Sunlight for the first time in days, flooding through new holes in the forest canopy. The wistful theme song of a white-throated sparrow.
Cold and gloomy despite the bright leaves; even the wren sounds querulous. When I look again, the unmoving fly is gone from the wall.
Gold on gold: a kinglet’s crest among the birch leaves. Rust on rust: a chipmunk’s fur among rain-flattened tangles of stiltgrass.
Just past daybreak it begins to rain and the forest is full of falling leaves—a slow, steady flutter of summer yellow into the drab shadows.
The goldenrod is all brown, but each breeze sprinkles it with yellow from the woods. The last hornet returns to her ghost town of a nest.
Cloudy and cold. Gusts of wind try on bespoke garments of yellow leaves. The hornets are still flying, tough as the nails in their abdomens.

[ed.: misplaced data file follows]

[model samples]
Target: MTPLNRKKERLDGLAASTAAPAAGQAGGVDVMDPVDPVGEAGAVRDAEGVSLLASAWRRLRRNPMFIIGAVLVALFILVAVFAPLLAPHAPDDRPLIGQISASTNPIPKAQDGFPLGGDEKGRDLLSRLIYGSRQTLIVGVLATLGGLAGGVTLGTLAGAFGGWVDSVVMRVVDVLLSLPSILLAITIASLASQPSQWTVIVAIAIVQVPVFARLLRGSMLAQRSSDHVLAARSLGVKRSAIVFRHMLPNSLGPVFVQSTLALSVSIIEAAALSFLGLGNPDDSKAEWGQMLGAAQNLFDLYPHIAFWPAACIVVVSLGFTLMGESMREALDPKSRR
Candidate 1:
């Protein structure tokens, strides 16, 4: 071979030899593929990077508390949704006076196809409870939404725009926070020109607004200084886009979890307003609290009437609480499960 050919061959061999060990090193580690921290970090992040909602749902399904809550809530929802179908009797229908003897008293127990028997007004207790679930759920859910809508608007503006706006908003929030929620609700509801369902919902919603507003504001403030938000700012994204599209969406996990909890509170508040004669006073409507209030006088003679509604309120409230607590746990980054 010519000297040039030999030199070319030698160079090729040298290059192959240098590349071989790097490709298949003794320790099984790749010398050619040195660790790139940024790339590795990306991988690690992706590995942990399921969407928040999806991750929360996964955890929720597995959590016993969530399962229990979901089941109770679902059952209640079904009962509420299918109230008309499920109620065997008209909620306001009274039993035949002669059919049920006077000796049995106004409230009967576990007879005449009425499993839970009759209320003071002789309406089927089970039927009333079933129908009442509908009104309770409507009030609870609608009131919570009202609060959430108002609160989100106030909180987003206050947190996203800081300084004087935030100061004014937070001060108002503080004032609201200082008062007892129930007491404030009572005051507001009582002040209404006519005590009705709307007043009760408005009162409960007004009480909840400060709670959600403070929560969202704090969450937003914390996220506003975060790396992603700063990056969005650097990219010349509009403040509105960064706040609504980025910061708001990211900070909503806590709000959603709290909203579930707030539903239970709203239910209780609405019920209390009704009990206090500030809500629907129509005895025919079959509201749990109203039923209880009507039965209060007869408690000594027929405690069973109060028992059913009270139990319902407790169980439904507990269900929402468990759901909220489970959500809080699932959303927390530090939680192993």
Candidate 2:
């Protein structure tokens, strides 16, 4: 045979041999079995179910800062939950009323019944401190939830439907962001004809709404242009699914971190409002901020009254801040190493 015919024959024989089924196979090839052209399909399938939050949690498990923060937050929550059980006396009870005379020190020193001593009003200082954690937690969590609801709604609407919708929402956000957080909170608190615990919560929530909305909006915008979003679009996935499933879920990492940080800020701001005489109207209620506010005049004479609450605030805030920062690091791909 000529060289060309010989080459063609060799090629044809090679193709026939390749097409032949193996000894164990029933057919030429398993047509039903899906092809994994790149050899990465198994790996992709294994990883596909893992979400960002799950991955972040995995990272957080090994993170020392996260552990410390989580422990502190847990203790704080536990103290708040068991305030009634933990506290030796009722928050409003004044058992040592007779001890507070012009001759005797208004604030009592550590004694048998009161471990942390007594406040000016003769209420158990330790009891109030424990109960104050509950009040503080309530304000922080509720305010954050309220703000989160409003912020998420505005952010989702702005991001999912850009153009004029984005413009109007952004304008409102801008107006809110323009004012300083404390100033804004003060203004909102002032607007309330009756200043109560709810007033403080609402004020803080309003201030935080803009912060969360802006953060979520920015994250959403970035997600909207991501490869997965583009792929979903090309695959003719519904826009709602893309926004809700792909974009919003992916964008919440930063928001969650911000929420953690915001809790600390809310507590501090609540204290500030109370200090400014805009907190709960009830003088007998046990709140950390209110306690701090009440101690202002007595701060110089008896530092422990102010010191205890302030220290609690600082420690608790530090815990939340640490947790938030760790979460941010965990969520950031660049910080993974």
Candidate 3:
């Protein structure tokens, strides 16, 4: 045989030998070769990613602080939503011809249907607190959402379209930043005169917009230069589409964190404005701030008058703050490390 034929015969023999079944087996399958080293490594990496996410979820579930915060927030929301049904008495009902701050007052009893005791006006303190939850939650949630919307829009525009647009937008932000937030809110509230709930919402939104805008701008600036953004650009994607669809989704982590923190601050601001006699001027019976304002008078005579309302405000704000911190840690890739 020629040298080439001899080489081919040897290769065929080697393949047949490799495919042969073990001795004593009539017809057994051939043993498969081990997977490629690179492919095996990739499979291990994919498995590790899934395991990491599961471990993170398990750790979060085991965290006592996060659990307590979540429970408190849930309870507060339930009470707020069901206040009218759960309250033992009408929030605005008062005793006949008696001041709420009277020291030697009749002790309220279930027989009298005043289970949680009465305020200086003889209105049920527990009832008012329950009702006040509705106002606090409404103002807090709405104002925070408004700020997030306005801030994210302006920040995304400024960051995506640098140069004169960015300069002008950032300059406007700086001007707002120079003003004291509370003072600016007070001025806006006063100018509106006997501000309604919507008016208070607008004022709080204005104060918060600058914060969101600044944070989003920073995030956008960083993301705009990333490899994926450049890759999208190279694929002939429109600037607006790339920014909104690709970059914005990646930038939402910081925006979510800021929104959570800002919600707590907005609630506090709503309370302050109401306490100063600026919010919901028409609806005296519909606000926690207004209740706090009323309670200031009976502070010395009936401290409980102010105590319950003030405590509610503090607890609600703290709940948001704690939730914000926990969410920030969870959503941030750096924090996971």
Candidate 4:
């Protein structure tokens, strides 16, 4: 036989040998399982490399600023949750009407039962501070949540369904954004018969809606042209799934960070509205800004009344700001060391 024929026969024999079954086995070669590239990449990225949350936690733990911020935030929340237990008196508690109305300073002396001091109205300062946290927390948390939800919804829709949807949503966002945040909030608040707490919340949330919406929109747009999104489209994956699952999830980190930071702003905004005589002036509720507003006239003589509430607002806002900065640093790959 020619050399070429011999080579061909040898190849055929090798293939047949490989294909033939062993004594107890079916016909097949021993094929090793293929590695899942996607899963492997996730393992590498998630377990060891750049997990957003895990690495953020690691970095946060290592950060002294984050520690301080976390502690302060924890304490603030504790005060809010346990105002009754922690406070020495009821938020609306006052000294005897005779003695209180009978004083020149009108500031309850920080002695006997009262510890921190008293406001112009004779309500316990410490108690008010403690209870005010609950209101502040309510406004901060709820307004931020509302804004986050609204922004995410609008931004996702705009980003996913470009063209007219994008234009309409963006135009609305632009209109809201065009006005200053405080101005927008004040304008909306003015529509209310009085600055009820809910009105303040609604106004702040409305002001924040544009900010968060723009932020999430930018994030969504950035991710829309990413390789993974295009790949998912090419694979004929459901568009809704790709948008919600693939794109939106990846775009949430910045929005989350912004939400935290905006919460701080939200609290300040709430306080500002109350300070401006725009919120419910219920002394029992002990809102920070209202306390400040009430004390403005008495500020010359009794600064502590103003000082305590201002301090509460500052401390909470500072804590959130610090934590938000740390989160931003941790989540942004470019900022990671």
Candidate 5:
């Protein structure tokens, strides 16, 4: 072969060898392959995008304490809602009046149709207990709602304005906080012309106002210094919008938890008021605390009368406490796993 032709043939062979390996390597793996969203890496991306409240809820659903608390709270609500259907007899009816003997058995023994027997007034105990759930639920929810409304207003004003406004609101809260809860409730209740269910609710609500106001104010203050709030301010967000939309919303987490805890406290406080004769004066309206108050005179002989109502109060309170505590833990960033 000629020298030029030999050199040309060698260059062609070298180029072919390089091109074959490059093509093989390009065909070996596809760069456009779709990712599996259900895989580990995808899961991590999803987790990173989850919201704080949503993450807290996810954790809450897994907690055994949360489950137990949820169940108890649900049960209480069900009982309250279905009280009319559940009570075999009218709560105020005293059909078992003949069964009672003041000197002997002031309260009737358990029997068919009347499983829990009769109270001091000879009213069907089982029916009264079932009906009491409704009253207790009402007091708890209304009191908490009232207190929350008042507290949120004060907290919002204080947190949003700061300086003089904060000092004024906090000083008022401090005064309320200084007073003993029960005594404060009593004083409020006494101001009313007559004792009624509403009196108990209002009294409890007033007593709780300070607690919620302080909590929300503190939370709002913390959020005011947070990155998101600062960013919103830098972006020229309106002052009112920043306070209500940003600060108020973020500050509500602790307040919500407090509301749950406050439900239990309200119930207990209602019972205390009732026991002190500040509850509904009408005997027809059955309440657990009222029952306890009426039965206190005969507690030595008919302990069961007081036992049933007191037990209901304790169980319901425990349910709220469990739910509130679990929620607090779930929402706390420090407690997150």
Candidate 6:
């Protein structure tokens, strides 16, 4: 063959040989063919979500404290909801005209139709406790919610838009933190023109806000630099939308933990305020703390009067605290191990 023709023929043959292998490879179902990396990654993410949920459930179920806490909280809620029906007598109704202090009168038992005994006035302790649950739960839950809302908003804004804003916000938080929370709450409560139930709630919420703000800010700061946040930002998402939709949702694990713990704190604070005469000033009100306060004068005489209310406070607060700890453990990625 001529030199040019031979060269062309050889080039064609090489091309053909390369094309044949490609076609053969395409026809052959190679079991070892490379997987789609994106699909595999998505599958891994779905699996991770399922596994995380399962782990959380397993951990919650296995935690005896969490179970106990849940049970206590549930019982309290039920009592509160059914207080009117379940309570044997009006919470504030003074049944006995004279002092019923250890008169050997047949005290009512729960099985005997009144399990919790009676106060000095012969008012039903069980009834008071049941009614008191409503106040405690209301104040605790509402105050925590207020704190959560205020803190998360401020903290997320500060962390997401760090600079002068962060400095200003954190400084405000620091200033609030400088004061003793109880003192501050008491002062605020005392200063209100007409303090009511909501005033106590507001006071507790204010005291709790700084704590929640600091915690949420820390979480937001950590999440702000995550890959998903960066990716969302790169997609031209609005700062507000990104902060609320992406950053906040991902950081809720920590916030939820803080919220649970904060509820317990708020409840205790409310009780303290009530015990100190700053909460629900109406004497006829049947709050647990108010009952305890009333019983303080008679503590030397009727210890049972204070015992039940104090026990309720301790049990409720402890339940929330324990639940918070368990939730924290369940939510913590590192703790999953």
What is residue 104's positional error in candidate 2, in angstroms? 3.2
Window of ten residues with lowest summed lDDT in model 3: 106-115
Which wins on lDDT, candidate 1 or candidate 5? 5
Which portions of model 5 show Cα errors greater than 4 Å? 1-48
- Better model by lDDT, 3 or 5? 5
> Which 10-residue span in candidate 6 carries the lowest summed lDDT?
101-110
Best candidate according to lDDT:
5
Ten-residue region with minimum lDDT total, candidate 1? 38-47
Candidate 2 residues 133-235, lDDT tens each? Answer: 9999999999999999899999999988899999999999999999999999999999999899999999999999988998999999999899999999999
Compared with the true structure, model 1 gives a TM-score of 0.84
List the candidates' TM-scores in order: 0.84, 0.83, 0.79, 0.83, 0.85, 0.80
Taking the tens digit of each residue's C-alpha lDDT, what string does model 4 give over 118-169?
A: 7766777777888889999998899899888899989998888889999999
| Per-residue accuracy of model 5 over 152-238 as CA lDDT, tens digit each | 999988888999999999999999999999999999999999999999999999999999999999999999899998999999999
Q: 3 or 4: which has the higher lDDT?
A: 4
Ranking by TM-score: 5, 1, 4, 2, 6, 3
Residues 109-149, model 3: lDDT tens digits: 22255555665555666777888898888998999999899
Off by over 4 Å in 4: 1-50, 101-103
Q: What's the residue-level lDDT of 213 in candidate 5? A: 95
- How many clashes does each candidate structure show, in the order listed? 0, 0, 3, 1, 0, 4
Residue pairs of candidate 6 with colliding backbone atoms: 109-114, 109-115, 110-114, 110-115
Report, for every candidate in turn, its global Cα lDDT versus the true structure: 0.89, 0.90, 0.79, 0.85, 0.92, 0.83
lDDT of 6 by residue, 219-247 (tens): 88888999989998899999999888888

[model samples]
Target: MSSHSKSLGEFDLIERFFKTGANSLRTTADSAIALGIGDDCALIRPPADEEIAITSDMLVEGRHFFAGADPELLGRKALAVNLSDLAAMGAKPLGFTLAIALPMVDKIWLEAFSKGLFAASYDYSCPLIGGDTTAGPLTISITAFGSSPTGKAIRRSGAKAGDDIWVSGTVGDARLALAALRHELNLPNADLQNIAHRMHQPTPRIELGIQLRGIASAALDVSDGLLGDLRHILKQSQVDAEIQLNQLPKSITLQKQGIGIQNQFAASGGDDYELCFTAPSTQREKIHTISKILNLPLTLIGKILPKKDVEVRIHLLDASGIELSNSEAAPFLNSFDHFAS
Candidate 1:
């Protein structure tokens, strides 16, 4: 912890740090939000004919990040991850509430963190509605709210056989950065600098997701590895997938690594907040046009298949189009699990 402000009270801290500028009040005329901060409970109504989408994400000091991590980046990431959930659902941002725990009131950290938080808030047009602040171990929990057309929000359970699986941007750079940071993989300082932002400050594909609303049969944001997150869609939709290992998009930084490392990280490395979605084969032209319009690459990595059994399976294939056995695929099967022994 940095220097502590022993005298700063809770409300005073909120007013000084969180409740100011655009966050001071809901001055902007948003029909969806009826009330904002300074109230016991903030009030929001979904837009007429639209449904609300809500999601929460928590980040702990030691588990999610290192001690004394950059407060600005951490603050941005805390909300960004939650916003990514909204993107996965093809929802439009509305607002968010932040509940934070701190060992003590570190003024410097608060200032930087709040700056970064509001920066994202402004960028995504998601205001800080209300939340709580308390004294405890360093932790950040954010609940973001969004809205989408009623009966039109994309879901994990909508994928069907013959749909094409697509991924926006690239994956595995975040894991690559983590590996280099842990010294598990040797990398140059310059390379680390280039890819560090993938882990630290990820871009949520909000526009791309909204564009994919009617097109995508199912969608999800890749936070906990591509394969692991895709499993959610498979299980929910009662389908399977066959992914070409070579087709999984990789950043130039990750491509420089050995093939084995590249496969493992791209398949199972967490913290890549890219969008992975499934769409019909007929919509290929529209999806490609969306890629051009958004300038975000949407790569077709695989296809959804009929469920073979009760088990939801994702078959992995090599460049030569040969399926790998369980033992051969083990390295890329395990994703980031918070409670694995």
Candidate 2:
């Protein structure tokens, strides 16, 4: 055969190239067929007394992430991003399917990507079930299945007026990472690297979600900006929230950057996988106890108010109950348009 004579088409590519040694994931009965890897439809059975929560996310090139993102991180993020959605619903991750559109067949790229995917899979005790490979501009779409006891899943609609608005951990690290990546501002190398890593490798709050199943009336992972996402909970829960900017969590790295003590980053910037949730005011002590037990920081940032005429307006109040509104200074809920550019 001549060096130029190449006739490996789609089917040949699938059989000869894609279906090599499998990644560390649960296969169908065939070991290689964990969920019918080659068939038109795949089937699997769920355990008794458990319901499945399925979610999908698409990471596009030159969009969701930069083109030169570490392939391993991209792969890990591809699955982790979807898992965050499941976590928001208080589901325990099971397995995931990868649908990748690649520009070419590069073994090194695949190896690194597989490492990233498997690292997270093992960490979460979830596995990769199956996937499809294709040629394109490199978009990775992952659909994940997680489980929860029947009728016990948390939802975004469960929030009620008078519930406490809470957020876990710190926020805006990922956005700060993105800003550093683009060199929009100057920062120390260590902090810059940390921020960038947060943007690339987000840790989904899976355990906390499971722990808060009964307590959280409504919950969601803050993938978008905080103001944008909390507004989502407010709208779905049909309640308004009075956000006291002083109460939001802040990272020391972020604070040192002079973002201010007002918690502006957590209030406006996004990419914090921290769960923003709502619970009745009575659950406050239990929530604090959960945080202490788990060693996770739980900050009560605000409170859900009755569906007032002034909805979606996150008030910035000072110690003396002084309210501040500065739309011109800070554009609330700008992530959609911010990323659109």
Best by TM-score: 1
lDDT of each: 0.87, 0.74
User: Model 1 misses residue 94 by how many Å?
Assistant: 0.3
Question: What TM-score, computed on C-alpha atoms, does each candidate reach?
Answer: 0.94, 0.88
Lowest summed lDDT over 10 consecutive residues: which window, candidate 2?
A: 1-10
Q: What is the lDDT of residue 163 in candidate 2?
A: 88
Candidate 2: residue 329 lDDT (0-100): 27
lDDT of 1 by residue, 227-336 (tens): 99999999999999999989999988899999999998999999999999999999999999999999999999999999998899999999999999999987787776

The neighbor’s leaf blower, that insect whine. I worry about the oaks that still have leaves—snow is coming, the kind that breaks limbs.
Hoarfrost costumes the yard, sparkling in the sun for a few minutes of glory. Oaks that looked brown under clouds glow orange and red again.
The stream’s dark thread. A jay pierces it with his bill three times. The scarlet oak I planted so long ago is flying all its red flags.
Rain past, the sky brightens. Great crowds of oak leaves are taking the plunge. A freight train whistles an almost perfect minor chord.